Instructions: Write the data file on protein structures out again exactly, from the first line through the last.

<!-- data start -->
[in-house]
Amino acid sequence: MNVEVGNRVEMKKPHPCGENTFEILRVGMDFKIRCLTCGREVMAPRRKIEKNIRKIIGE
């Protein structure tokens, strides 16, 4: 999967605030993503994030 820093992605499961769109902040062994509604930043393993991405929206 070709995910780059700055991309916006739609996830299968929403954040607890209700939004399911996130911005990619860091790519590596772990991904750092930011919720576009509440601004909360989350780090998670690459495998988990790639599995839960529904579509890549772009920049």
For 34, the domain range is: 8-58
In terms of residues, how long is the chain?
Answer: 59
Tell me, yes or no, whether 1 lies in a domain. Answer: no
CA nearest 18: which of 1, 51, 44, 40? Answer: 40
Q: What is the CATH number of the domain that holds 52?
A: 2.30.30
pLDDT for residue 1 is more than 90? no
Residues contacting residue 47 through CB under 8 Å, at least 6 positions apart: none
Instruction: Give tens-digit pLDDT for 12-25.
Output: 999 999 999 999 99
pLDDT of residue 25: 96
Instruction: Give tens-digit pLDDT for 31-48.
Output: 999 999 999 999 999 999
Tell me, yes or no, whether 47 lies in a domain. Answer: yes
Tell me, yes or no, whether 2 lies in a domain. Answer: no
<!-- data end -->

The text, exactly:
[in-house]
Amino acid sequence: MNVEVGNRVEMKKPHPCGENTFEILRVGMDFKIRCLTCGREVMAPRRKIEKNIRKIIGE
């Protein structure tokens, strides 16, 4: 999967605030993503994030 820093992605499961769109902040062994509604930043393993991405929206 070709995910780059700055991309916006739609996830299968929403954040607890209700939004399911996130911005990619860091790519590596772990991904750092930011919720576009509440601004909360989350780090998670690459495998988990790639599995839960529904579509890549772009920049």
For 34, the domain range is: 8-58
In terms of residues, how long is the chain?
Answer: 59
Tell me, yes or no, whether 1 lies in a domain. Answer: no
CA nearest 18: which of 1, 51, 44, 40? Answer: 40
Q: What is the CATH number of the domain that holds 52?
A: 2.30.30
pLDDT for residue 1 is more than 90? no
Residues contacting residue 47 through CB under 8 Å, at least 6 positions apart: none
Instruction: Give tens-digit pLDDT for 12-25.
Output: 999 999 999 999 99
pLDDT of residue 25: 96
Instruction: Give tens-digit pLDDT for 31-48.
Output: 999 999 999 999 999 999
Tell me, yes or no, whether 47 lies in a domain. Answer: yes
Tell me, yes or no, whether 2 lies in a domain. Answer: no